Well folks, I finally beat the campaign in Starcraft 2 last night, so I finally feel comfortable reviewing the game.
In a lot of ways, Starcraft 2 is very similar to its predecessor, and I think on the whole that’s a good thing. With the original Starcraft, Blizzard hit on a formula for a compelling game that just worked, so they didn’t need to fix it. With Starcraft 2, they tweaked it instead. There are a lot of familiar units in the new version of the game, but there are also a lot of new ones, as well as new abilities for familiar units that make things interesting. There are also a lot of tiny, careful changes to the gameplay that make everything flow more smoothly.
For me, the campaign was always the highlight of the original Starcraft and I’m happy to report that it is excellent in Starcraft 2 as well. The story focuses on Jim Raynor who has had a make-over and is now a rugged, scarred mercenary. Instead of a linear storyline with little player choice like in the original game, Starcraft 2’s missions allow a little more flexibility: at any given time there are several missions to choose from. Between missions, you can interact with other characters on your ship. Head to the cantina and share a drink with Tychus Findlay, a rough-and-tumble ex-convict marine. Or go to the lab and see what new technologies Egon Stetman, the stereotypical squeaky-voiced, lab-coat-wearing, socially-awkward scientist has cooked up for you. Or check out the armory and ask Rory Swann – the mechanic who sounds like he belongs on Car Talk and looks like a Warcraft dwarf – to upgrade your mechanical units. Other colorful plot-related characters include the awesomely stereotyped Tosh – a rastafarian rogue ghost operative, complete with voodoo charms and a “ya mon” accent – and the idealistic young ship’s captain Matt Horner, whose clean-cut look and fancy uniform were carefully designed to contrast with Raynor’s bad-boy tattooed arms and sweat-stained t-shirt.
This interesting bunch of characters send you on missions following several parallel plotlines that gradually intertwine to lead to the requisite huge battle at the end of the campaign. Each thread of missions is based on that character’s personal interests, and things get interesting when some of the characters disagree on what’s the best next step. All of these interactions are done really well using rendered-on-the-fly cutscenes. Some of these cutscenes are cinematics in their own right (at one point there’s a bar fight which was very well done) but there are also a few of Blizzard’s trademark spectacular pre-rendered cinematics for key plot points.
I really enjoyed the interplay between the missions and the “down time” on the ship: each mission gives you a new type of unit, some “research points” and some cash. The new unit is then available in all future missions and the research points and cash can be used to upgrade your units and hire mercenaries to help you. This adds another layer of customization to the game that worked really well.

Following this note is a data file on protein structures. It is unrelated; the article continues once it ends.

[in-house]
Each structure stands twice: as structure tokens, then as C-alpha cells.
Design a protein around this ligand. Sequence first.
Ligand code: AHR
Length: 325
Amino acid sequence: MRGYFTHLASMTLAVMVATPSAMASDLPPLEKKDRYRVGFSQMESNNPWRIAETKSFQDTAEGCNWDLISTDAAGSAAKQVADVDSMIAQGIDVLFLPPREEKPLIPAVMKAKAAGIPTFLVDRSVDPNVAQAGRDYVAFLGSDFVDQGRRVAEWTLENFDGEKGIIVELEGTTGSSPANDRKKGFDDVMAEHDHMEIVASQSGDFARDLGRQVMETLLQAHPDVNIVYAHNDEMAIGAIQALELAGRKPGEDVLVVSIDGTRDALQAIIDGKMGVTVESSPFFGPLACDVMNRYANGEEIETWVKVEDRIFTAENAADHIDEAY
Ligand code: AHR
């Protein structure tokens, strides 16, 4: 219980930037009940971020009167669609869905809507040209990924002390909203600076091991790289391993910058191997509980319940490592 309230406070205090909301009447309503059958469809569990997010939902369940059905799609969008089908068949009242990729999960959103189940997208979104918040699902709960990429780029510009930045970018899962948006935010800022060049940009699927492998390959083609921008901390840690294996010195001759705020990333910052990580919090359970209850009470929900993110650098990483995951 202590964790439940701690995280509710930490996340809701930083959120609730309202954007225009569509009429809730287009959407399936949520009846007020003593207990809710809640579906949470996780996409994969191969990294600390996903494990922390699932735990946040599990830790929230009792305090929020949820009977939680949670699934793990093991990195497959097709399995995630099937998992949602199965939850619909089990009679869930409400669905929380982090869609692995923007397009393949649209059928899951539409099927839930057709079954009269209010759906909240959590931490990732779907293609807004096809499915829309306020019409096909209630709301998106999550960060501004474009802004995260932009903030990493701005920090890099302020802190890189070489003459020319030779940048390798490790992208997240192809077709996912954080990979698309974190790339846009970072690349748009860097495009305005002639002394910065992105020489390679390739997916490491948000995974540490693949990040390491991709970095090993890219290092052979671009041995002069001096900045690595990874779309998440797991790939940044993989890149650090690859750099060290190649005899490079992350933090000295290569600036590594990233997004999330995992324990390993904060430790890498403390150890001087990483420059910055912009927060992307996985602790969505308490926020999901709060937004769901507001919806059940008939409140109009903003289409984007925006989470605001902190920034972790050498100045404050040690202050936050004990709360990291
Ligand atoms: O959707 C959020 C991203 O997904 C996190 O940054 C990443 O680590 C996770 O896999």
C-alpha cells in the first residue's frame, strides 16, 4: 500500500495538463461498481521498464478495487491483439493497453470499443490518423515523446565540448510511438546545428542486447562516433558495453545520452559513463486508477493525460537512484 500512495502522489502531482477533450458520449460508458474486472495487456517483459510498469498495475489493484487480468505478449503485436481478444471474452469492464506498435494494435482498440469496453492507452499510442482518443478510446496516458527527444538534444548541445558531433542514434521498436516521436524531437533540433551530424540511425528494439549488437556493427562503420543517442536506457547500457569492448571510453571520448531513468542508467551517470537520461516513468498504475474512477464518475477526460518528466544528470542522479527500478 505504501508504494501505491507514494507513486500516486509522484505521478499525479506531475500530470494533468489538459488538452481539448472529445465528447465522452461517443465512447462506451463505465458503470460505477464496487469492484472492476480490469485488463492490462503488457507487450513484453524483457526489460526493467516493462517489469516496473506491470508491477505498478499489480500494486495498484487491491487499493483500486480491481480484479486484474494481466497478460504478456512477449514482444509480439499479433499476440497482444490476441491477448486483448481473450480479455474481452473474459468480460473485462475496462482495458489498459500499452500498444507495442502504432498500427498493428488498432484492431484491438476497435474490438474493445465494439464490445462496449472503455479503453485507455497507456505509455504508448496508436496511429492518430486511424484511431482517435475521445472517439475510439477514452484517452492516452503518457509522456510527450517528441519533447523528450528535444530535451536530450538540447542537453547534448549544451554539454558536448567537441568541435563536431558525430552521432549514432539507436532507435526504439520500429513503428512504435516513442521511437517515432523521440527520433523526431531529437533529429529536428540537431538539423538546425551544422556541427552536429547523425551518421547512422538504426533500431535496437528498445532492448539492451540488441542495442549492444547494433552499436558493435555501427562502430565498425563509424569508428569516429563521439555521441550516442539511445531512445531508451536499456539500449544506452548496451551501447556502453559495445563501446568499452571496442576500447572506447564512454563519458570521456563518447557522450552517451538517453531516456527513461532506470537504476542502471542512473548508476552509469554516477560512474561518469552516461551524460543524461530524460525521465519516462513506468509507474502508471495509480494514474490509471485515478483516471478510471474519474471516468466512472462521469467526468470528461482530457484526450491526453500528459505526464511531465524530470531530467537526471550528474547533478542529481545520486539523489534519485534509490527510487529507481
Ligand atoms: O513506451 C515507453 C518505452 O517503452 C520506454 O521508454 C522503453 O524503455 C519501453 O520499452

I also loved the variety of the actual campaign missions themselves. There are actually very few missions where you just build an army and destroy the enemy. There’s always something more going on. In one level, lava floods the low ground every few minutes. In another level, hordes of zombies attack you at night, and you have to hold the line until daybreak, when you can take the fight to them. The “hero” levels, where you just get a handful of special units to achieve your obectives, are really excellent too.
The story itself, like the story for the original Starcraft, is passable but not great. The problem with video game stories in general is that they exist primarily to get you to the next mission, so they are often not as developed as one might hope. Compared to most video games, Starcraft 2 has a very good story. Compared to most novels, it’s pretty weak. The writing is mediocre at times as well, with plenty of cliched lines and heavy-handed character development. But it gets the job done, and the fact that there are actual characters, and that they do develop a bit, is actually a great thing to see in a game!
A final aspect that I want to mention is the overall “feel” of the campaign. There was a certain Firefly-like “space western” vibe going on that I really enjoyed. This shows in everything from the (very good) in-game music, to the characters of Jim Raynor and Tychus Findlay (roughly analogous to Malcom Reynolds and Jayne Cobb in Firefly) to the jukebox on the ship that plays down-home favorites like “Sweet Home Alabama” and “A Zerg, A Shotgun and You“.
Bottom line, Starcraft 2 is a great game. The loving attention to detail that went into every aspect of the game is obvious. The campaign is full of really well-designed missions that lead you through several strands of an intertwining story to an exciting conclusion. The ability to customize your units between missions adds a nice dimension to the gameplay, as does the ability to interact with the various colorful (if blatantly stereotyped) characters on the ship.
And of course, once you’re done with the campaign, there are limitless hours of multiplayer fun to be had. You can work your way up the competitive ladder, or take advantage of the extremely powerful map editor that comes with the game and play custom maps made by other players, some of which are good enough to be separate games in their own right.
If that’s not enough, there are two expansions in the works. The campaign in Starcraft 2: Wings of Liberty is strictly Terran (with a few protoss missions thrown in). Each of the two expansions will focus on one of the other races in the Starcraft universe. I don’t think there are release dates set for the expansions yet, but it’s pretty clear that Starcraft 2 and its expansions will be keeping us busy for a long, long time.